mk typist

After many weeks of use, the keycaps have next to no shine at all. This, compared to way too many thin black ABS keycaps that look like oil slicks after a day of typing. (Razer, I’m looking at you.)

mk typist

The keycap legends are not backlit, but then again, there are no LEDs under the keycaps anyway. I admit that a little bit of backlighting is preferable when I’m typing away late at night, but otherwise I didn’t miss the backlighting at all.


The top cover of the Typist comes off with a bit of gentle but firm work with a spudger or small flathead screwdriver. Three Philips screws hold the bottom part of the chassis onto the PCB assembly from the back, and two more teeny tiny ones need to be removed from the top. (They’re hiding under the plastic cover.) From there it might just a little bit of persuadin’ to come apart. There’s not more to pulling the Typist apart than that.              

mk typist

The bottom of the chassis is unremarkable–just standard black plastic that’s not especially rigid. The PCB enjoys a 1mm steel backplate for support that has a curved lip design that appears to increases its resistance to flexion.

The PCB, replete with a Ducky logo, is clean as a whistle, with precise soldering. There’s an internal USB connector that runs from the PCB to the port on the back of the chassis. 

The MCU is a Holtek chip, although the actual SKU is obscured by an orange mark (thanks guys). There’s also a flash memory chip (HH1647 25Q40CT), and of course the DIP switch module.

There’s an LED controller on board (the MBI5042GP). This would seem to pretty much be a waste, because there are just a few LEDs on the Typist, but there are two reasons it’s there. For one, I believe that the PCB is likely the same used for the LED-backlit MK Night Typist and also other Ducky One models that may support more lighting. More importantly, you’ll need those LEDs as indicators when you’re fiddling with profiles, layers, and macros.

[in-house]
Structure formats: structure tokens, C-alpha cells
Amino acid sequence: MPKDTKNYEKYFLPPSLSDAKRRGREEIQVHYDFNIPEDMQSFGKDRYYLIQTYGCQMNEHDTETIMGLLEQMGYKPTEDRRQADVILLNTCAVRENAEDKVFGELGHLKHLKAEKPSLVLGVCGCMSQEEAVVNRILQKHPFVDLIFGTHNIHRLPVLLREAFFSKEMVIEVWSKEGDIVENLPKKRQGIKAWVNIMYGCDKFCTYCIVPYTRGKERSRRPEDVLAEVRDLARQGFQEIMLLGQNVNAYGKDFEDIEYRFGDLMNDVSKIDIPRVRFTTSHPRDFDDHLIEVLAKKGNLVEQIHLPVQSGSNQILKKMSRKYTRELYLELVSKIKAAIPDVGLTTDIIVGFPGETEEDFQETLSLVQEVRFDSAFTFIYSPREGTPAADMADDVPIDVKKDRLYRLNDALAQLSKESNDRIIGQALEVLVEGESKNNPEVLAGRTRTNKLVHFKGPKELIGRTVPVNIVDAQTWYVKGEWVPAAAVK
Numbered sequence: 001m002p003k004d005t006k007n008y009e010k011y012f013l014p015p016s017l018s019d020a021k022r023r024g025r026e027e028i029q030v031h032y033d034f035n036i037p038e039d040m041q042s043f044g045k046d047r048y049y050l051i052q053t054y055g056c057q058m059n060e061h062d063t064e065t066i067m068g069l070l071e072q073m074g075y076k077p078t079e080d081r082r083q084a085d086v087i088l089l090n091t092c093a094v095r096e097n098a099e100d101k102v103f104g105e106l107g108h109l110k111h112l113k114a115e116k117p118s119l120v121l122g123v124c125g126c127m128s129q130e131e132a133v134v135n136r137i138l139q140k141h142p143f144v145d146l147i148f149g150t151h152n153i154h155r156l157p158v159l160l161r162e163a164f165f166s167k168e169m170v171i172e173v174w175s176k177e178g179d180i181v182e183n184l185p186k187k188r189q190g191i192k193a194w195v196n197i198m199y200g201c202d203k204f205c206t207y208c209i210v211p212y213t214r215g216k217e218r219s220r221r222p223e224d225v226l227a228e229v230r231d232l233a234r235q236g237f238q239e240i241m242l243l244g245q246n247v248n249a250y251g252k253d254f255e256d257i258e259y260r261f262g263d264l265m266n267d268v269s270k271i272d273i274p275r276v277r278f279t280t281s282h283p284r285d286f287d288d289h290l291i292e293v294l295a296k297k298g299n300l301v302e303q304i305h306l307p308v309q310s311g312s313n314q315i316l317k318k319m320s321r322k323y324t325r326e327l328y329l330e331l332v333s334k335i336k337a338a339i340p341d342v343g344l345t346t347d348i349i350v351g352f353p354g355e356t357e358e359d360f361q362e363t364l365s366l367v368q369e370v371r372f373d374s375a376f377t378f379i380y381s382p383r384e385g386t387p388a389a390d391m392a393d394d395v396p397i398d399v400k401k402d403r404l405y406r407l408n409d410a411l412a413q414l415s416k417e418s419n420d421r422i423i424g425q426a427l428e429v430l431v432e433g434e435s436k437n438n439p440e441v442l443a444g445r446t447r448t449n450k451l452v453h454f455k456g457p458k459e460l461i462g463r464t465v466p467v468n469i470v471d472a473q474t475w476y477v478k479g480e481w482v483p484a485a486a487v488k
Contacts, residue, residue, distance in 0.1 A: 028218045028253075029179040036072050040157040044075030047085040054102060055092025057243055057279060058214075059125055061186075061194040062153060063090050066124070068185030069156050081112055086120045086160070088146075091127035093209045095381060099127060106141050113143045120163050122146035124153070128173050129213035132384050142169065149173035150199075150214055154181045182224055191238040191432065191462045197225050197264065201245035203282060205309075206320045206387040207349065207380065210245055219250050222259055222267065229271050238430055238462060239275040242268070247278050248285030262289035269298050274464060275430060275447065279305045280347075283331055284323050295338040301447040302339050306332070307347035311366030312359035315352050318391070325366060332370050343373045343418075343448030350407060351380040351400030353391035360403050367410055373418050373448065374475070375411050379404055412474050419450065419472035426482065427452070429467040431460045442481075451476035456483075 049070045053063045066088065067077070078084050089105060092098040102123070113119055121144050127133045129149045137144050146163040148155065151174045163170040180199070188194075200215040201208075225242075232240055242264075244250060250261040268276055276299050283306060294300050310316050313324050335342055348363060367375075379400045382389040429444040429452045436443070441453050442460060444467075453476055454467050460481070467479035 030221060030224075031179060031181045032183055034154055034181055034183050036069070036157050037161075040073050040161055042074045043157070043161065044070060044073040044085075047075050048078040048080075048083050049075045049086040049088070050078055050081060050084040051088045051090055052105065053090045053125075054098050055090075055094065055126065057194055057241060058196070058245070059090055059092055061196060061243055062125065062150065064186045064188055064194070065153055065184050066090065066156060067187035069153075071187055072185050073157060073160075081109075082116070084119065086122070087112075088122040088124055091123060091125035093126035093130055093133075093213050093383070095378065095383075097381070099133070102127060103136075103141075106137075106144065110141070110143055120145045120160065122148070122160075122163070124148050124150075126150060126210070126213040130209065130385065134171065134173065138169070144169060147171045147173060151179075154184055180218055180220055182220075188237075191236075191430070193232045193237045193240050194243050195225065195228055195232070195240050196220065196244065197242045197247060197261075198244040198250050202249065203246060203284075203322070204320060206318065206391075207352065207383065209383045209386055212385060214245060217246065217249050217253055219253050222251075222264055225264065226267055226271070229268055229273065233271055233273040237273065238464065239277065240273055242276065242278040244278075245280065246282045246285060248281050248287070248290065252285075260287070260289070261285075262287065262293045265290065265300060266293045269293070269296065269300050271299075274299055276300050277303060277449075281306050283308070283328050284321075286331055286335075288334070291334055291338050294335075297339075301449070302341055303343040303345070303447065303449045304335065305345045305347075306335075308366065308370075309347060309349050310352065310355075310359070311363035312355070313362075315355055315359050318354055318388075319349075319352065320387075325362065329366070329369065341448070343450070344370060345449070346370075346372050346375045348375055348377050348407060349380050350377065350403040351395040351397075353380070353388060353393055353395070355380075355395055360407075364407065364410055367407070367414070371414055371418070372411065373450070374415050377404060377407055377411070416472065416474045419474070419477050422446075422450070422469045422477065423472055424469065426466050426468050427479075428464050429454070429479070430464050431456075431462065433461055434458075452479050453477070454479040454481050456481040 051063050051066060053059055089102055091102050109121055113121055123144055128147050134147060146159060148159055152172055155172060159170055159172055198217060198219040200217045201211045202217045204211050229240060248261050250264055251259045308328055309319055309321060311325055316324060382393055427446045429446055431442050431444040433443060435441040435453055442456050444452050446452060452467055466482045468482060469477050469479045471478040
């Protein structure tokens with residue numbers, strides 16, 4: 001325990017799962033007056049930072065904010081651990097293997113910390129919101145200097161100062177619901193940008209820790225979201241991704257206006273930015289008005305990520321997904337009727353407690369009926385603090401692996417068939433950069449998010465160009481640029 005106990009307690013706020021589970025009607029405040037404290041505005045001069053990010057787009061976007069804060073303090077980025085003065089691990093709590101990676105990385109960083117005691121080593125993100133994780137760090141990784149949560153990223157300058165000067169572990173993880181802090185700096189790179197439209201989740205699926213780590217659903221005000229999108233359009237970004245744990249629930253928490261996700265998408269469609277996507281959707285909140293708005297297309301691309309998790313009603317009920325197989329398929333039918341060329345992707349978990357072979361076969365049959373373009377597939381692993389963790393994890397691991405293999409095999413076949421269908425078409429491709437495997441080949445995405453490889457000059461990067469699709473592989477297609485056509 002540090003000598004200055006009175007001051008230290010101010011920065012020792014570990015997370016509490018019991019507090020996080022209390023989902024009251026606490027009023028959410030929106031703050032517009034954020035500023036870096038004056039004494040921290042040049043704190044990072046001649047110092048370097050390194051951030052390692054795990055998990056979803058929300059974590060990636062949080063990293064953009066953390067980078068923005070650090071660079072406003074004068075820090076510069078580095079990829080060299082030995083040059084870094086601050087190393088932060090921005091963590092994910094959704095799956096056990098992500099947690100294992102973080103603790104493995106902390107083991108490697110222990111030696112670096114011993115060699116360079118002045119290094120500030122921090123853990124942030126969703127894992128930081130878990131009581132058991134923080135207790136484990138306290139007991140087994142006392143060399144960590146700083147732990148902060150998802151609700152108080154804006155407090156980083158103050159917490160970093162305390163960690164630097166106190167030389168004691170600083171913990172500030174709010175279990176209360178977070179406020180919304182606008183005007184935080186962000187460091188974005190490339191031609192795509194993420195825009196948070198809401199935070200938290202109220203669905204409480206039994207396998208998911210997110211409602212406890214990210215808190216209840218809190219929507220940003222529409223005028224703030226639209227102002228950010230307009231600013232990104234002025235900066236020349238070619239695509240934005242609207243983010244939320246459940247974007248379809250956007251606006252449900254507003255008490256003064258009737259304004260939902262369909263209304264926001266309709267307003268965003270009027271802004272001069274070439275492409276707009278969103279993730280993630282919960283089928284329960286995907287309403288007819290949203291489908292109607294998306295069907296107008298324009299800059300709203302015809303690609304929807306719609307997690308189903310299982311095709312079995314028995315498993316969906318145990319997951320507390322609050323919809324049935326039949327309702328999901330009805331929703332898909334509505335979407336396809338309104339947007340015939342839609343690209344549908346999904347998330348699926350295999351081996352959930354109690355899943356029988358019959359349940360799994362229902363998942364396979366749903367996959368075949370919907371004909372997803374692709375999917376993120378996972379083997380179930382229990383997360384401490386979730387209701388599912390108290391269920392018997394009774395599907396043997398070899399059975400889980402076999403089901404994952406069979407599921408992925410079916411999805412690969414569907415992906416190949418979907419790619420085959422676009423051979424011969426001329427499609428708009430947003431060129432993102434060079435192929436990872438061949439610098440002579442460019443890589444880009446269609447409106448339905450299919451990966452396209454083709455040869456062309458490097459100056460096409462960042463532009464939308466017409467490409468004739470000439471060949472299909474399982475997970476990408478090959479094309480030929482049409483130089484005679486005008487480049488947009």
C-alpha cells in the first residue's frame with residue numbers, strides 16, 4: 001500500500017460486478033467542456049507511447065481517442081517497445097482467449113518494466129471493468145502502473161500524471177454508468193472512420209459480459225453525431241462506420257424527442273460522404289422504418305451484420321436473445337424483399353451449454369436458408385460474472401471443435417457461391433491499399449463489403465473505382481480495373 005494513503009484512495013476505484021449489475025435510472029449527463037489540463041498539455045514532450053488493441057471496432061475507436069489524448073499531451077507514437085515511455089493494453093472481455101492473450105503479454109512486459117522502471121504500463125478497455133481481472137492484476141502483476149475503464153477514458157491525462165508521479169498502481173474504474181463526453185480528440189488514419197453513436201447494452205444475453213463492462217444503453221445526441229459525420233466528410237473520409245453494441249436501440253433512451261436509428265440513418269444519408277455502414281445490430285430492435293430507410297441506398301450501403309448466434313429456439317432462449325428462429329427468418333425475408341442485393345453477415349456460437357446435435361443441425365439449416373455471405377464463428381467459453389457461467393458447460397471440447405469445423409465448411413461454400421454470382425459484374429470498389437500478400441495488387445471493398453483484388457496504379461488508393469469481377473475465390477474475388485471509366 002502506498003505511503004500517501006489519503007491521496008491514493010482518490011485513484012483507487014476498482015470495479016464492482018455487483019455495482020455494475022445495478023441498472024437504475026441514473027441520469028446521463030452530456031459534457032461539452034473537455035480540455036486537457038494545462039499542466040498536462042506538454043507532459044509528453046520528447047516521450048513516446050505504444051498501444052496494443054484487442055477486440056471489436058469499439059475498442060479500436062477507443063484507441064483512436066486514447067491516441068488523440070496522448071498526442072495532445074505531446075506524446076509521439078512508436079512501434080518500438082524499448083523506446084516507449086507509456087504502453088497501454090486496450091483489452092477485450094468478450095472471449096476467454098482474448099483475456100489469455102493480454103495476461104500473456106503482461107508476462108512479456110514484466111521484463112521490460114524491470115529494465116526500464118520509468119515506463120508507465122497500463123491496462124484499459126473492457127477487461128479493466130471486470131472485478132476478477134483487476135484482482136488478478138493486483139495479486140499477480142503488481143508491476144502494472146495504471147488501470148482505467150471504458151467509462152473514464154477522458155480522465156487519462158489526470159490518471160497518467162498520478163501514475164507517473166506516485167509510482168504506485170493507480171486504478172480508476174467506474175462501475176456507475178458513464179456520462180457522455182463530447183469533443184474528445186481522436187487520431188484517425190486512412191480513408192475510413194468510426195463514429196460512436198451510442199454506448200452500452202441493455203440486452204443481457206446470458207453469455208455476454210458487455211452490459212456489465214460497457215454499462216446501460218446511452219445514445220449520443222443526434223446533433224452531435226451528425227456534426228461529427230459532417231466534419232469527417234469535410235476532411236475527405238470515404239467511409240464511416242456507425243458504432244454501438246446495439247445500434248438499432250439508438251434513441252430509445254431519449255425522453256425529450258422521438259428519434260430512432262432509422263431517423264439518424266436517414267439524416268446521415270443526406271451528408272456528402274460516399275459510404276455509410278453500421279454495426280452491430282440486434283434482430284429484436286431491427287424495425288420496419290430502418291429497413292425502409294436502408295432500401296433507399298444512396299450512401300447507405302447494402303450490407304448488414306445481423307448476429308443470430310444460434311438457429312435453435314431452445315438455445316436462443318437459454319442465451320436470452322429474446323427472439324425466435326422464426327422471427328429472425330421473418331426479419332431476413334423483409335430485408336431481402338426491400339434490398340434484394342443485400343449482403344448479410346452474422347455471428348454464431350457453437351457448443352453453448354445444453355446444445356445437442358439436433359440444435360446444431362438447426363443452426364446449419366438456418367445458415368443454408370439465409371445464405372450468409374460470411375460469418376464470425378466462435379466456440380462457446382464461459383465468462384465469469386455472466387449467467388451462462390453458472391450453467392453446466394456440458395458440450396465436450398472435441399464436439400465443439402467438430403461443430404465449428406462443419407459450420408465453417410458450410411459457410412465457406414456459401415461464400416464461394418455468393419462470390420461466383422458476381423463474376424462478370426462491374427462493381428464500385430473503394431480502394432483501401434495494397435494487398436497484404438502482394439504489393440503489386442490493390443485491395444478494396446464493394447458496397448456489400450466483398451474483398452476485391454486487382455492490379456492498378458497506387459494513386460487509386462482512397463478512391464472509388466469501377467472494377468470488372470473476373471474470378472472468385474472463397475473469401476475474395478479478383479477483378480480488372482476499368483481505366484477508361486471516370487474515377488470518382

The Verdict

I’ve long resisted to the temptation to admit when I really like a product I’m reviewing. I’ve always tried to objectively state the pros and cons of a given product, injecting subjective observations where warranted, but leaving it to the reader to weigh those benefits and negatives for themselves to make a buying decision.

But I’d be lying if I said I didn’t like the MK Typist. I really like it, in fact. Granted, it suits my tastes and needs–there’s nothing I need, nor especially want, that it doesn’t have. And objectively, there isn’t anything I can really say against it–the top panel design traps crumbs kind of? That’s the worst thing I have to say. The price is tremendous too, at just $89. I’m admitting my bias here in the sense that I fell in love with this keyboard, so take my words for what they’re worth. But this is a keyboard very few people would regret purchasing.

Simple, practical designMaybe you'd like a nice UI
for creating and editing macros?
Solid constructionKeycaps not immune from damage
if the TSA tosses your bag
and doesn't replace the plastic cover
that you so very carefully
wrapped into place on the
keyboard so that very thing
wouldn't happen
Low price
Significant macro and layout options

Where To Buy

Perhaps unsurprisingly, the only place you can buy the MK Typist is directly from You can get the Kailh Box White version for $89. For another $5, you can go with Cherry MX Brown switches, or add $10 for Cherry MX Silent Reds. And if you just can’t live without a little night light, you can grab the backlit MK Night Typist, starting at $99.

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Seth Colaner

Editor in Chief of Keychatter. Irrepressibly interested in things. Loves devices that click and clack. Data nerd. Proud Midwesterner. Pass the buffalo chicken dip.